In a crisis, where you need to be active, you will NEED the calories, and especially the protein… My research says if a male is active during a crisis, then up to 3,200 calories per day could be essential. Yes, most americans could stand to lose weight, as could I… but numbers are numbers….
But even if you intend to lose weight, you need to keep the muscle mass up…. and overall health, to be able to fight illness…. Therefore protein.
Protein from LDS Storage – Theory
Seeking “complete” protein from long term storage, using LDS sealed can information.
Black beans, 55 servings per can, 10 gram protein per serving, serving size 45 gram, 150 calories.
White rice, 54 servings per can, 3 gram protein per serving, serving size 45 gram, 160 calories.
While there are lots of sites that indicate eating beans and rice together create a “complete” protein mix, I’ve not found a definitive statement of the ratio. My theory then is that for the proteins in beans/rice to complement each other, the protein content should be in balance.
Therefore I theorize that a mixed serving of these two should be balanced at the ratio of 11.75 gram beans and 33.75 gram rice. Pretty much ¾ rice and ¼ beans. In my theory this should provide 10 grams of a “complete” protein.
If working hard, suggested daily protein intake for a 200 pound male would be around 163 grams. That would mean the male would need to consume 16 portions.
Looking just at protein it would be 600 calories in beans and 640 calories in rice (1,240 calories) in a meal which would be around 25 ounces. (180g beans & 540g rice)
That same active male would need around 2,800 calories per day. Two minimum such meals per day. Per multiple charts a suggested upper calorie amount for planning would be around 3,200 per day.
Just more numbers.
Extrapolating further, if the active male was to obtain 3,200 calories per day ONLY from LDS canned beans and rice, to reach 3,200 calories per day would be 2.5 of the calculated portions, or daily 450g beans and 1,350g rice. (Around 63 ounces, or four pounds).
The can of beans contains 2,475g, the rice can has 2,430g.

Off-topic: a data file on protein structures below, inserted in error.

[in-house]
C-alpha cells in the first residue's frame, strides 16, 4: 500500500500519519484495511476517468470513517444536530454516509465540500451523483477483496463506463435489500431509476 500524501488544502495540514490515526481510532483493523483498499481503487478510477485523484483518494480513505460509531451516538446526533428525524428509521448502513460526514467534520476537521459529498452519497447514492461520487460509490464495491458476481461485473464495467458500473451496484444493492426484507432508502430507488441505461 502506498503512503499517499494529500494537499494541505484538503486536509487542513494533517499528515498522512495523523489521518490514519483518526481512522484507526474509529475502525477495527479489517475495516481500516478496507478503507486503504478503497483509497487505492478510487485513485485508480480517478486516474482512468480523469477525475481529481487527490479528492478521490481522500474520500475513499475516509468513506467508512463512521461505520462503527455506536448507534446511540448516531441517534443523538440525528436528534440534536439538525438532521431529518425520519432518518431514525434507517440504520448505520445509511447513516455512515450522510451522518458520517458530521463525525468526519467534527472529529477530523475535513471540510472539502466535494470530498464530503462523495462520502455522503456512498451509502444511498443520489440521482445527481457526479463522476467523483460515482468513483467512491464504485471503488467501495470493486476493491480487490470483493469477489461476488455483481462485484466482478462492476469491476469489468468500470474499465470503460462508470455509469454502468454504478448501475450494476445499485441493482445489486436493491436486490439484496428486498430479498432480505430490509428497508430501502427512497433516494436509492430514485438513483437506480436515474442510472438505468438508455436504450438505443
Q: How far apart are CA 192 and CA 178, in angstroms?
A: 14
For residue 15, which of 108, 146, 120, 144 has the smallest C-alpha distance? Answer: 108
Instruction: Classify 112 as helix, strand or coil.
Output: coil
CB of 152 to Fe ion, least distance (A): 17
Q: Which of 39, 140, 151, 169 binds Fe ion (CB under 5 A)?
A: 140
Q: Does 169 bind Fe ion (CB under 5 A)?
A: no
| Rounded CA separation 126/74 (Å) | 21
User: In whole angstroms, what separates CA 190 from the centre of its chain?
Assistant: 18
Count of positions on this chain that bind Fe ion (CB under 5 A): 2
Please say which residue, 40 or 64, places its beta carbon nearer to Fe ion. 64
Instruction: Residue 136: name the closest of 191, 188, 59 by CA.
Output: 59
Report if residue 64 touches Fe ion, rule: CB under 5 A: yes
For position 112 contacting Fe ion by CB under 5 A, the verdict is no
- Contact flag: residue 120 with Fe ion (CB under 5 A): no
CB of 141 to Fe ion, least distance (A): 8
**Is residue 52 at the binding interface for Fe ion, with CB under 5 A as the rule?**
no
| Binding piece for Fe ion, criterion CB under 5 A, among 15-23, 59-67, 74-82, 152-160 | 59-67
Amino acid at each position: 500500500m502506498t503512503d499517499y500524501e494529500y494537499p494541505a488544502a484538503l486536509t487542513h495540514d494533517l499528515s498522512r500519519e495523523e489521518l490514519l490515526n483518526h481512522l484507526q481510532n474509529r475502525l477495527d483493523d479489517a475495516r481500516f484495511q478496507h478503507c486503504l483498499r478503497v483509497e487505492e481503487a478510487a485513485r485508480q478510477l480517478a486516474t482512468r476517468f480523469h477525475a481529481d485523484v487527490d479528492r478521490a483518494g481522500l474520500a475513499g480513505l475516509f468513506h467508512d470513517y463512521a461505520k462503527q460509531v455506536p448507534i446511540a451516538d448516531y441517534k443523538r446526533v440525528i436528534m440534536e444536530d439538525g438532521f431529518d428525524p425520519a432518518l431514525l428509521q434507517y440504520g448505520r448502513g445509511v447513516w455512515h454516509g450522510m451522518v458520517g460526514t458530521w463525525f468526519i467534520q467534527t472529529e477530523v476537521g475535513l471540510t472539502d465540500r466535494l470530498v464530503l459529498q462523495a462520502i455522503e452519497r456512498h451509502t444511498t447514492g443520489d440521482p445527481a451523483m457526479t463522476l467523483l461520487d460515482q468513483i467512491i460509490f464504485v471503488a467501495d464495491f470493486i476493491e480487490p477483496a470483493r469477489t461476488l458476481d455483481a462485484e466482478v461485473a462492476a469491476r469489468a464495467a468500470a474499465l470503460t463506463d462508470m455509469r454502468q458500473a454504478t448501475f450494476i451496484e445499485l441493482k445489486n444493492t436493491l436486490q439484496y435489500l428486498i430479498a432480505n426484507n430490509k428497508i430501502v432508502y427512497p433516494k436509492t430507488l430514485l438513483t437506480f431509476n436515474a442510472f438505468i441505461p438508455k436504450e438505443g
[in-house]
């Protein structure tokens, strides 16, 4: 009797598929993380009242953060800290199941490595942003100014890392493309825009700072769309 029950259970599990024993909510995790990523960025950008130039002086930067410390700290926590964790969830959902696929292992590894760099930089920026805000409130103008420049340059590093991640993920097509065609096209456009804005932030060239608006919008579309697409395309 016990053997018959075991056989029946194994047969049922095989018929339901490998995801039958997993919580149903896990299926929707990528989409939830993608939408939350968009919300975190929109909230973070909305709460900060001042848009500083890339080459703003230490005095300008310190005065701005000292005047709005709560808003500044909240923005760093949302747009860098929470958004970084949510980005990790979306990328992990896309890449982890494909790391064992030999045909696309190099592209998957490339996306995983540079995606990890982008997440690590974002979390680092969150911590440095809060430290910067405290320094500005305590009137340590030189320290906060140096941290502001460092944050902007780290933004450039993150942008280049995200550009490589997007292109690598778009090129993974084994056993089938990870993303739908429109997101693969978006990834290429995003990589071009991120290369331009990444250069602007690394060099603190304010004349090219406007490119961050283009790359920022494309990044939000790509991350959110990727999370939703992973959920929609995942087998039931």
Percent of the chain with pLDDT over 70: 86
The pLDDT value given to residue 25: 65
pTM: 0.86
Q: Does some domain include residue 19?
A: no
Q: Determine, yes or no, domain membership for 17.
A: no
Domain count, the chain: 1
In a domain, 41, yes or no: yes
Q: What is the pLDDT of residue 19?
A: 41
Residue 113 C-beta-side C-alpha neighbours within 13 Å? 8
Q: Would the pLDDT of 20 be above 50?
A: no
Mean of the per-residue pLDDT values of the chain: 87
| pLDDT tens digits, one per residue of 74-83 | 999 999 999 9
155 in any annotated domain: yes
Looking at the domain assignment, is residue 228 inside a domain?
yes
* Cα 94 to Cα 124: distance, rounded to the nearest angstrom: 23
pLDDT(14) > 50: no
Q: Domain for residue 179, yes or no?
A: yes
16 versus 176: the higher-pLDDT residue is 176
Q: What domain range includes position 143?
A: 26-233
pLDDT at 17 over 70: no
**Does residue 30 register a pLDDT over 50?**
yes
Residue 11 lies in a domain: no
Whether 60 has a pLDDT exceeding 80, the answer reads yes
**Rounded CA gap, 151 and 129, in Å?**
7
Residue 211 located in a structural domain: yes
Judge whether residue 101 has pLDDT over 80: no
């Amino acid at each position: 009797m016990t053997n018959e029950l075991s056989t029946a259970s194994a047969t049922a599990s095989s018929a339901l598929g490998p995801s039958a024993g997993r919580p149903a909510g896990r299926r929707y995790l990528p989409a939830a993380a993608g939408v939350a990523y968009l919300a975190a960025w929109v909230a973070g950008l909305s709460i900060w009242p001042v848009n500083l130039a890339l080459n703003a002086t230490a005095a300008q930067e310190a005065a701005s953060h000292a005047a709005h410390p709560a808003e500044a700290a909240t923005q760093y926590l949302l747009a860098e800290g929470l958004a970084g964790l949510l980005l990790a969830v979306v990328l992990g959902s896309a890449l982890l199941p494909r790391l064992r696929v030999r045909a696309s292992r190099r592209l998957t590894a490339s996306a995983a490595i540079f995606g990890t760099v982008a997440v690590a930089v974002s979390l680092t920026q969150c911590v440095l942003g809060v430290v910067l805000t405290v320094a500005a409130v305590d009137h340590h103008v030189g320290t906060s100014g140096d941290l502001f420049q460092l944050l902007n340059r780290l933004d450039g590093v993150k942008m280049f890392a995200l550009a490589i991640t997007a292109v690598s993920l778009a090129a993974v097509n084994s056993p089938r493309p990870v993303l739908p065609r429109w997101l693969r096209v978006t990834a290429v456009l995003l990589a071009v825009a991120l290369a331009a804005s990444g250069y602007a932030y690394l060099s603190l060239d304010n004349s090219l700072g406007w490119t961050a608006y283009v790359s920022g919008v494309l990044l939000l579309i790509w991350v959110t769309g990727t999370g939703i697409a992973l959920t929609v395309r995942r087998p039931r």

Each can of beans would last around 5.5 days, each can of rice would last 1.8 days.
To last 365 days, this would mean 67 cans of beans and 202 cans of rice.
Beans: $6.25 per can, or $418.75 (67 cans, call it 12 cases)
Rice: $4.00 per can, or $808 (202 cans, call it 34 cases)
Let’s drop back to the 200 lb male getting just complete protein from the beans/rice mix.
Re protein only, each can of beans would last 13.75 days, and each can of rice 4.5 days. The cost now with just a protein focus is:
Beans: $165.90 (26.5 cans, call it 5 cases)
Rice: $324.44 (81 cans, call it 14 cases)
Total: $490.34 (Actually a little more if bought in case lots)
Calories need to be supplemented from some source.
3,200 – 1,240 = 1,960 calories per day “deficit”.
For simplicity in calculations, pick an oil (fat). Grapeseed oil, relatively healthy. 120 calories per 25 gram serving. Spread over the daily meals, a total of 408 gram (14 oz or 27 tablespoons).
9 tbs per “meal”.
A $12.99 bottle contains 2,040g, or 5 days. A year supply would be $948.27
Total annual cost $1,438.61. More expensive, but takes up less space, and requires less “bulk” in meals.
Opinion: There is no cheap approach to getting protein and useful calories. Let’s look at the above calorie deficit after bean/rice in terms of junk sugar. Per the web, a 4 lb bag of sugar can be bought at Fry’s for $1.59. Each bag contains 6,810 calories. The deficit would require 105 sacks, at a cost of $166.95. Cheap, but not in the interest of your health.
Re just calories ignoring all else, for empty calories it would take 172 such sacks, at a cost of $273.48. But on such a diet you would probably not live a year.